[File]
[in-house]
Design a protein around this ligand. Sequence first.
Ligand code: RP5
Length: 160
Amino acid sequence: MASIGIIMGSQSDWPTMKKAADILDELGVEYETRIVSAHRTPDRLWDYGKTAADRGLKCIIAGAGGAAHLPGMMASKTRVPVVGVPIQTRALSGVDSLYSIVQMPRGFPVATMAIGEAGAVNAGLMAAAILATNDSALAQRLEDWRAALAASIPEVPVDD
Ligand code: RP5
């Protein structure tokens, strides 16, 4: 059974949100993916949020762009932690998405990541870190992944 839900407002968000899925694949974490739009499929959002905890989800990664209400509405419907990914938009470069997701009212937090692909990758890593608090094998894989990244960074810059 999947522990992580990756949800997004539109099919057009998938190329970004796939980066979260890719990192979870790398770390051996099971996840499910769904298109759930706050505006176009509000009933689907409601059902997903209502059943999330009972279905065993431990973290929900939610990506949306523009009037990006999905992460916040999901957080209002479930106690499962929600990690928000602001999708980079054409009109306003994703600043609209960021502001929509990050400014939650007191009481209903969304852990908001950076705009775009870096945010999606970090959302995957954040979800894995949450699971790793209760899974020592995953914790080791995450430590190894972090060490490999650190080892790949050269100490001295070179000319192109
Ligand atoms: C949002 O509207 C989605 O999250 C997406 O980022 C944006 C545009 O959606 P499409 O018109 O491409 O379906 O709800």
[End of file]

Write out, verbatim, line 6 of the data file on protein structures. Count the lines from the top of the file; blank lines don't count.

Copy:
Ligand code: RP5